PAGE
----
Saturday, October 3, 2009


By Chris Wilson

Author: Robert Marsh
Illustrator: Tom Percival
Publisher: Stone Arch Books
Genre: Fantasy

Pages: 40
Color: Full color
ISBN-13: 978-1-4342-1589-5

Little Gabby Gibbons wants nothing more than to show off her monster, Dwight, to the rest of the student body, but her mother will have none of it. So Gabby sneaks the hungry critter to school under the guise of being a new student so he can try out for the school play, A Christmas Carol. If he gets the part, then her mother will have to let Dwight come to school. He does and she does (and it all works out in the end) but not after Dwight tries to eat a few people and hack up gunk on the principal.

Outside the main plot there lies another story, the one where Gabby’s dad is always gone, always busy, always missing things important to her. Even he manages to make the play, albeit late, and is the first to clap.

MONSTER AND ME is a breezy read with some nice vocabulary to boot: blubbering, enrolled, equal rights, ghoul, growling, humbug, ovation, self-esteem, showbiz and whine. The books (like all the graphic novels from Stone Arch) sport a glossary with pronunciation guide, discussion questions and writing prompts. It even has a section telling the student how to draw his or her own monster.

MONSTER AND ME has a happy ending, one of the kinds with a pretty bow on top, but that doesn’t take away from the fact that our protagonist must deal with real life big kid problems, like an absent father. On that front, the book gives kids hope that there problems might just work out, too.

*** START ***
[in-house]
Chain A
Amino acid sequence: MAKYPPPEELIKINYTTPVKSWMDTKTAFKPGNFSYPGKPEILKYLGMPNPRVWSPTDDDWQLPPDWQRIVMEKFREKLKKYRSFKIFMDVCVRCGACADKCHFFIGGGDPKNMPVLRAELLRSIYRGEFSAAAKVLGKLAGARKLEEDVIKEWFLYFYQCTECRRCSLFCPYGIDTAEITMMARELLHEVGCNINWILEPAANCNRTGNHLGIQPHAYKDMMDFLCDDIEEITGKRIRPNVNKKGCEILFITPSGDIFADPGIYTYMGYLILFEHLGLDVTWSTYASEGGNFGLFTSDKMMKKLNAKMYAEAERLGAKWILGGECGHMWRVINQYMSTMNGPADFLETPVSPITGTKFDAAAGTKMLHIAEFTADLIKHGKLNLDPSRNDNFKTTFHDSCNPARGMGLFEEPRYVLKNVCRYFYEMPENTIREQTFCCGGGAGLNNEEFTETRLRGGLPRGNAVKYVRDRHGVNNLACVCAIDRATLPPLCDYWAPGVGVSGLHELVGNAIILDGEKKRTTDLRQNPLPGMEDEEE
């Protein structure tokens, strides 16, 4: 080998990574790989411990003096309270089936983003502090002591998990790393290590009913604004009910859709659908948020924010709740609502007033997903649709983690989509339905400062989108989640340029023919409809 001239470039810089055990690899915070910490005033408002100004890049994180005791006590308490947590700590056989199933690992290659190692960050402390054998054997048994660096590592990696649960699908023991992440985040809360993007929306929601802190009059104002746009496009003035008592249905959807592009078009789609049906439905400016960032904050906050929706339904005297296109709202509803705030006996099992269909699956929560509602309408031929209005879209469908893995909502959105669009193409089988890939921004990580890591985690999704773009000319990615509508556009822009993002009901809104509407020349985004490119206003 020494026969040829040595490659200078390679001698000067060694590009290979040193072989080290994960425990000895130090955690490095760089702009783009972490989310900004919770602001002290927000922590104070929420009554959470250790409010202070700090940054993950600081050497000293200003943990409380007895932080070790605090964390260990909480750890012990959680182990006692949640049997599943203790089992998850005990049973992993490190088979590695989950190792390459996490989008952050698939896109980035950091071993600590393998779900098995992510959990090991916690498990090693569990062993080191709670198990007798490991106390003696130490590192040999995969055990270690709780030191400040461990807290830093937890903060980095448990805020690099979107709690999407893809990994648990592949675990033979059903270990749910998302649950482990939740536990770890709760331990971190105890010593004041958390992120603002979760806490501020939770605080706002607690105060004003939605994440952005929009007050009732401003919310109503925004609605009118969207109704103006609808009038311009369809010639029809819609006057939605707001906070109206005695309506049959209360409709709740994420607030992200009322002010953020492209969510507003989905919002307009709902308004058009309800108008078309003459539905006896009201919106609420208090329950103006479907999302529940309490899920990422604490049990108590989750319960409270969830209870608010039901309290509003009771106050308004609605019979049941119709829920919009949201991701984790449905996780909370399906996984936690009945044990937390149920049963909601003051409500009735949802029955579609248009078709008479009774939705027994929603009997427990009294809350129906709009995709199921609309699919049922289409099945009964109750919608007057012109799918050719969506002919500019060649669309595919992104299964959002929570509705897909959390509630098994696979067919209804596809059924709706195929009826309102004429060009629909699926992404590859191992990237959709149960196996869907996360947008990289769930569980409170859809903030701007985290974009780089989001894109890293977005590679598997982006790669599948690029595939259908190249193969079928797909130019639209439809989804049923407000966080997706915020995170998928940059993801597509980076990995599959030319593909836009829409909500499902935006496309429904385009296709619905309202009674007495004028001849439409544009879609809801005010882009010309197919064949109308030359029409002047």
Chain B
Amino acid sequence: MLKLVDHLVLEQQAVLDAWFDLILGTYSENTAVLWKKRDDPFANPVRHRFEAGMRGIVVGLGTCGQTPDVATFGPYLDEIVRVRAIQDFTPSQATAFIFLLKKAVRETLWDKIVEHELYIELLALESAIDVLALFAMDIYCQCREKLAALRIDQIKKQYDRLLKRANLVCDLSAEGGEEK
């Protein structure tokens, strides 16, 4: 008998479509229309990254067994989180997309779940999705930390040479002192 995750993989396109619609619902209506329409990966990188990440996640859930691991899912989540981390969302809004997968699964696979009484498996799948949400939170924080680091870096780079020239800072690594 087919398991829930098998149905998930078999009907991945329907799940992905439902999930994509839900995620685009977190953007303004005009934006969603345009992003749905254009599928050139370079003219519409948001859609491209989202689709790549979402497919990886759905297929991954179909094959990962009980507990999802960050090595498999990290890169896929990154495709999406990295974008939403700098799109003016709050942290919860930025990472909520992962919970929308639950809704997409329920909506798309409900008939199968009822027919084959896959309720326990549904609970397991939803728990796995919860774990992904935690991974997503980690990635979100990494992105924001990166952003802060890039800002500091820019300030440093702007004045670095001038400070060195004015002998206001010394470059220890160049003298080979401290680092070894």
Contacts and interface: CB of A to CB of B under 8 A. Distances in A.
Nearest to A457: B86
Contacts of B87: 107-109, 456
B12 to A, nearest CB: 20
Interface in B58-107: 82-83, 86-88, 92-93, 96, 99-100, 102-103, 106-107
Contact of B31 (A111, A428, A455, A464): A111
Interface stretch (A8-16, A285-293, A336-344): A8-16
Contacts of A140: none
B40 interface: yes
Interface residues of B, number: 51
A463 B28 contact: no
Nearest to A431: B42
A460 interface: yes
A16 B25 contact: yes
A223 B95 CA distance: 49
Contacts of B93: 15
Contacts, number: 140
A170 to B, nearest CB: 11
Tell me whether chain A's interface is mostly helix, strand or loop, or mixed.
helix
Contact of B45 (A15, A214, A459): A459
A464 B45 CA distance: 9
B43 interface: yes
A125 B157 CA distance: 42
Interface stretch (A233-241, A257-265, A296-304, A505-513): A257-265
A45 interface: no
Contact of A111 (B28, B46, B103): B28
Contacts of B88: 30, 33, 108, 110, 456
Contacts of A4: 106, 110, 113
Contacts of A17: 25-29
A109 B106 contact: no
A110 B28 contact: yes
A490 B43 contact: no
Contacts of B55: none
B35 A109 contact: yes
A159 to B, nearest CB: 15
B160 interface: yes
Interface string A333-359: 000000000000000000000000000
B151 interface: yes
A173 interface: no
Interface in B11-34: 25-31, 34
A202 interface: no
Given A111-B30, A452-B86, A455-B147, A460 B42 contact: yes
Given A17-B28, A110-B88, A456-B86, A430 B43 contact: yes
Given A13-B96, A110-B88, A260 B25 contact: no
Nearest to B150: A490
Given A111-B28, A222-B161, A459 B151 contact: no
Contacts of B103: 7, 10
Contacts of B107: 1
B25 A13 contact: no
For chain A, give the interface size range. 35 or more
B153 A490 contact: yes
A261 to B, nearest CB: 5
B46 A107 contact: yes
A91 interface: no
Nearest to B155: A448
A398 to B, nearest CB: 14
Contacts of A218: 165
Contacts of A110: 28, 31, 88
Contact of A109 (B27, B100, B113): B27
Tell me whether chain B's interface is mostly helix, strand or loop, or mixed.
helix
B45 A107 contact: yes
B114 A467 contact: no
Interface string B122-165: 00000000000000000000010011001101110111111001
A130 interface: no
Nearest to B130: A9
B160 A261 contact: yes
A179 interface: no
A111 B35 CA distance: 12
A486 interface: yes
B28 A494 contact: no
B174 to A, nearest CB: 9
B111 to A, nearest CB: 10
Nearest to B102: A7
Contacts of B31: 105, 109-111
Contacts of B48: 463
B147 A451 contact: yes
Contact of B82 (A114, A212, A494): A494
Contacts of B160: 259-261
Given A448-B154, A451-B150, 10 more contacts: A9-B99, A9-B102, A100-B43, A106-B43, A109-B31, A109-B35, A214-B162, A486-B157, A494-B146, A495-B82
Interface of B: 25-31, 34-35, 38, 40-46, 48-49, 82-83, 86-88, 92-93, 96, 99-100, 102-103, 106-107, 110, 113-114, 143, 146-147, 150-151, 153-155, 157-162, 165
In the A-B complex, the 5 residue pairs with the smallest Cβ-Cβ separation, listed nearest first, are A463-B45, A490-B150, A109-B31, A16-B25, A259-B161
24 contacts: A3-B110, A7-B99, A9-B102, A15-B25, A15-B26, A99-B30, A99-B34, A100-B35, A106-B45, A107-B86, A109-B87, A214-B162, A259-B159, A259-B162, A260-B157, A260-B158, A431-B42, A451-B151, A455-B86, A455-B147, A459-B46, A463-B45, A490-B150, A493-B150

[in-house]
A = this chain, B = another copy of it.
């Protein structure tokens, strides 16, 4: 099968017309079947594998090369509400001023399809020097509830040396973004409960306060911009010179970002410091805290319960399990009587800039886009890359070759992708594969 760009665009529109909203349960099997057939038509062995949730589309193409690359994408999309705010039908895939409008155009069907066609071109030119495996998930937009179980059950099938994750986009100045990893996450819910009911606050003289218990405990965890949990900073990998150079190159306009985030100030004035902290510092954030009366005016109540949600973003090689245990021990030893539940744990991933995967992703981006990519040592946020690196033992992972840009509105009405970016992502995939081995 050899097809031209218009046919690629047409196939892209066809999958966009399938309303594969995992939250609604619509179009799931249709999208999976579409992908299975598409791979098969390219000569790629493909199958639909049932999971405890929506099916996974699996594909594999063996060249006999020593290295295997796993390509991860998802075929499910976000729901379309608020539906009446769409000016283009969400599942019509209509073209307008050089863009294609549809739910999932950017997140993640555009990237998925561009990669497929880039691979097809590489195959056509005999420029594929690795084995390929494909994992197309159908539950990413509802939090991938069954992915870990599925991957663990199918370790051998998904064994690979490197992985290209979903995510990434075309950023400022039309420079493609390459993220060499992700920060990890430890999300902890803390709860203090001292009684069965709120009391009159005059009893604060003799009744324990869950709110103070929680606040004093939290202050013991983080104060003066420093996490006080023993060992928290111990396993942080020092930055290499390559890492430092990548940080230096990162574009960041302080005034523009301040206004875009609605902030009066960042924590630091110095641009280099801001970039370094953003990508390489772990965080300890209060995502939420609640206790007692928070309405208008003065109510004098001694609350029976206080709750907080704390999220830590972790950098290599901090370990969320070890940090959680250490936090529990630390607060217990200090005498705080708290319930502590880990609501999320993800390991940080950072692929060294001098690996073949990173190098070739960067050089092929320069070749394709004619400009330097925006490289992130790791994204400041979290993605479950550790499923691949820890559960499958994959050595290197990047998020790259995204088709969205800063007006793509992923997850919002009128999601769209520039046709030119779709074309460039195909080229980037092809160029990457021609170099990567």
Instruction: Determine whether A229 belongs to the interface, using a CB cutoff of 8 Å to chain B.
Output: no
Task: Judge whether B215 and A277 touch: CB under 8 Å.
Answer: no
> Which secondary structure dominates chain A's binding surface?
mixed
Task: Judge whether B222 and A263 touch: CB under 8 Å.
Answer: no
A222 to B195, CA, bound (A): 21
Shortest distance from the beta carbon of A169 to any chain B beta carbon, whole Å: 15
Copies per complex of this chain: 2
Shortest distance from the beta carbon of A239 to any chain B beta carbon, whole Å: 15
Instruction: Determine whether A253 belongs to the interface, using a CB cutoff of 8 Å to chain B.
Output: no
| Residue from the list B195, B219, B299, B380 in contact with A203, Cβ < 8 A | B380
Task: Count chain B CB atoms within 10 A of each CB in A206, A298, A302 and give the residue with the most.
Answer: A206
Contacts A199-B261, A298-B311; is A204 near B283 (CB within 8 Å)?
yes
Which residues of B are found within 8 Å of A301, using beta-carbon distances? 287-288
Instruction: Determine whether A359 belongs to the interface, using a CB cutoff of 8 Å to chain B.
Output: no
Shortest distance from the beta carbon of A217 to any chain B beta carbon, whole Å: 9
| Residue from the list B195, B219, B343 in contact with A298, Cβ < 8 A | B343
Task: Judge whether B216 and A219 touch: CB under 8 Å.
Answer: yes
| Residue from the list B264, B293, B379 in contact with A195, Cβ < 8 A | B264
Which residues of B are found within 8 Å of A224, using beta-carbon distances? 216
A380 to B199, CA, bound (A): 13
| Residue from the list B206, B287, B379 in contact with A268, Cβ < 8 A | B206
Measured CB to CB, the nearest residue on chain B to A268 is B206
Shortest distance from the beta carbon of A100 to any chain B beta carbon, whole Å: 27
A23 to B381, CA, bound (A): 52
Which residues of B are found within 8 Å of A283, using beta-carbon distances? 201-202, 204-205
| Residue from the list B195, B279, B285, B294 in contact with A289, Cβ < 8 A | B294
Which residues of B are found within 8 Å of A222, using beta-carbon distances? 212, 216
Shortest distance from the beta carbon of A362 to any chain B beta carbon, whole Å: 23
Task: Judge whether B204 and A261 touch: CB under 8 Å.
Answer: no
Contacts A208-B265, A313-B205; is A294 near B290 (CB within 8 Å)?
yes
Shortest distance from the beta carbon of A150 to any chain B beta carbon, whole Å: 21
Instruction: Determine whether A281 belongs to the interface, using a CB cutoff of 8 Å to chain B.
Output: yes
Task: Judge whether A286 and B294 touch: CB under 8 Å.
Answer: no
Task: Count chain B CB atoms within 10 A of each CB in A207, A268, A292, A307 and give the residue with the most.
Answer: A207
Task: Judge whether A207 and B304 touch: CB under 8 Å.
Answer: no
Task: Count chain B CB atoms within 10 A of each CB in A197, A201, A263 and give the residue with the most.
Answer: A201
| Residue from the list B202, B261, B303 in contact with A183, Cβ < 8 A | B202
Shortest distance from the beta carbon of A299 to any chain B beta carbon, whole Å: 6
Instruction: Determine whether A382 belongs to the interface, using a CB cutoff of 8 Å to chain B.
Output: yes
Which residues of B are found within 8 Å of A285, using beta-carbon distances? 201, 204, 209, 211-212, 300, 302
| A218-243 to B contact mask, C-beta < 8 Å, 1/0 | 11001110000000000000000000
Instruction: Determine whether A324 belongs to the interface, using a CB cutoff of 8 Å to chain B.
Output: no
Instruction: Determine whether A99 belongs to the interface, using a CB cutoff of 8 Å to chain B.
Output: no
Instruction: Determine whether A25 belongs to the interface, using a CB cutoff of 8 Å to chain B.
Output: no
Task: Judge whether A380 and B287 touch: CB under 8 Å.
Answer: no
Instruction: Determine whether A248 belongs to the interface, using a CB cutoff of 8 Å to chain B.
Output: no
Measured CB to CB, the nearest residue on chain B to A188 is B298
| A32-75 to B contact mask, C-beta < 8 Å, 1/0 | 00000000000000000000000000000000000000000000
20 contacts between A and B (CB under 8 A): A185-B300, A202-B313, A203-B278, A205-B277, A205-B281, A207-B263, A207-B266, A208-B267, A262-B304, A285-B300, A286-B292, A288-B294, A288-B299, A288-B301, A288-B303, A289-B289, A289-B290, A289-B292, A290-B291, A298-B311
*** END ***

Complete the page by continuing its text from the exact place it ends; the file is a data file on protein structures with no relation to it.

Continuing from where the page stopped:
Tom Percival’s art is sketchy, rough, rugged – a compliment to the monster story. It has a 21st century, urban feel and is kid friendly without being childish.

Chris’ Rating: Ages 7 and older
Publisher’s Reading Level: Grades 1-3
Publisher’s Interest Level: Grades 2-5

Guided Reading Level: K
Lexile: GN 240L
ATOS: 1.8
AR Quiz No.: 130881 Dewey: 741.5

It has elements of kid humor. Gabby goes to school with the zipper of her jeans down and a bit of barfing on the part of Dwight the monster.

This early reader comic is great for little minds and little hands. The vocabulary offers substance without being overwhelming to the child. The story offers plenty of text-to connection opportunities and chances to talk about responsibility and choices.


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